Phil Hall is Chief Growth Officer at LXT, an emerging leader in global AI training data that powers intelligent technology.
Earlier this year, we introduced our first executive survey, The Path to AI Maturity. The report highlights that investment in artificial intelligence is strong at mid-to-large US organizations, and 40% rate themselves at the three highest levels of AI maturity, having achieved operational to transformative implementations.
The new survey by research firm Reputation Leaders included 200 senior executives (two-thirds C-suite) with AI experience at companies with annual revenue of over $100 million and more than 500 employees – and details the impact that AI investment is having across organizations of varying revenue levels and industries.
As part of the survey, executives placed their companies on the Gartner AI Maturity Model. By asking participants to tell us where their organization stands, we were able to identify interesting aspects around the notion of AI maturity, particularly as it relates to those still in the theory (experimentation) stage versus the practice (operational or production) stage.
Some findings confirmed common hypotheses around AI investment and its correlation to revenue. For example, the survey reports that over a third of high revenue companies are spending between $51-100 million on AI and that overall, seven in ten organizations are spending $1 million or more of their budget on AI. We expected that revenue would correlate with investment, and that a growing number of companies are generally investing in AI.
Others were more surprising. For example, while it was widely understood that AI brings efficiency and productivity gains and that enterprises are using AI to innovate, scale up and drive competitive advantage, meeting customer needs was not perceived as a compelling driver of AI investment, compared to others presented to the respondents.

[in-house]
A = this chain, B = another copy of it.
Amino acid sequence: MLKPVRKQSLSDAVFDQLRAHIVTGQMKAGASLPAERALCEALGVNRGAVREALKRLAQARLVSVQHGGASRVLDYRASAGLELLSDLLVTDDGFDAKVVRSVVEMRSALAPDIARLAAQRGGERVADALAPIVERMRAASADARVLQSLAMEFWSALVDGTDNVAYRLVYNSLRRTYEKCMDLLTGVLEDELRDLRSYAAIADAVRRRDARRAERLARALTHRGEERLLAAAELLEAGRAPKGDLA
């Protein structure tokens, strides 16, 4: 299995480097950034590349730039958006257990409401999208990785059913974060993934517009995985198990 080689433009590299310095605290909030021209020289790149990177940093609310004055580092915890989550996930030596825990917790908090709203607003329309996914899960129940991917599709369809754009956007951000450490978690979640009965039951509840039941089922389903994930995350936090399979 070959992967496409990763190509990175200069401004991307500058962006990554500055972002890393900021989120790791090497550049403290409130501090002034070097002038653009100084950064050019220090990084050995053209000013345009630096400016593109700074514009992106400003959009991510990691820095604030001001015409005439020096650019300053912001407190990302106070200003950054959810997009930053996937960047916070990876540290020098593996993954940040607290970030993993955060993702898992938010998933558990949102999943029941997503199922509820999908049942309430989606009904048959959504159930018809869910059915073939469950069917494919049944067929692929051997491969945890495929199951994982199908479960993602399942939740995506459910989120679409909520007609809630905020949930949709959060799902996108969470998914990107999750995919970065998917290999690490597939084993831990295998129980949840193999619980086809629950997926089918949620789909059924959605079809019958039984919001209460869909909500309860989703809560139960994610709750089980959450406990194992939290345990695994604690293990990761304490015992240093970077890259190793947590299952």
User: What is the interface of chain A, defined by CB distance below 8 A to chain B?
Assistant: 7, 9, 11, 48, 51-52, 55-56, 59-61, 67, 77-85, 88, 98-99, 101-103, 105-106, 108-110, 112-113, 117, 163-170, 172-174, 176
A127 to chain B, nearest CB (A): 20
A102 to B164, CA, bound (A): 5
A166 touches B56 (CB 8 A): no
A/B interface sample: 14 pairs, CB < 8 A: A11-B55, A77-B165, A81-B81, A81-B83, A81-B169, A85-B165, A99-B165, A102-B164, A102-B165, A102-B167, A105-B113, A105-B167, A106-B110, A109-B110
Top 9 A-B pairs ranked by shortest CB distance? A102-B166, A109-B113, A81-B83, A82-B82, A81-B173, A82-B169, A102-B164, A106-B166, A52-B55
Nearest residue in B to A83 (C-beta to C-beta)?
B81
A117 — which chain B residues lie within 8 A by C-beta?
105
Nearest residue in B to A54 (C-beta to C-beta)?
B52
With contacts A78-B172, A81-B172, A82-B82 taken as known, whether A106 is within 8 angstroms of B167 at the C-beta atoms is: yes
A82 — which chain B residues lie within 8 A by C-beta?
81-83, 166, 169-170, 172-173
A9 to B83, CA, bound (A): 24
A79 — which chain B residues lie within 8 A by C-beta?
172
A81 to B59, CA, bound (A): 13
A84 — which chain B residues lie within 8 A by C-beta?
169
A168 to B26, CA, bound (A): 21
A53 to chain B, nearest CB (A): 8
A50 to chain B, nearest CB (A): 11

More than 40% of organizations have reached high levels of maturity, from Operational (AI in production, creating value) to Transformational (AI is part of business DNA) status. To get there, a quarter of maturing organizations are spending $51 million or more on AI, compared to just 8% of Experimenters.
Across all organizations, we are still in the early stages of AI maturity
Despite rapid adoption and a growing feeling of ubiquity, it seems clear that collectively we remain in the early stages of AI maturity. While we only surveyed individuals from larger scale enterprises with demonstrated interest and investment in AI, 60% can still be characterized as Experimenters and just 6% fall into the most advanced category of being at the Transformational stage.
There is a long way to go before the potential of AI to achieve the aims highlighted in the survey is realized, and those benefits are achieved at the Operational or Transformational stages.
There were clear, but arguably easily explained, differences in the priorities reported across industry verticals. In financial services, the ability for AI to improve analytics rose to the top. For all other industries, efficiency and productivity gains were key. For the retail/e-commerce industry, speeding time to market was the second-most important benefit reported.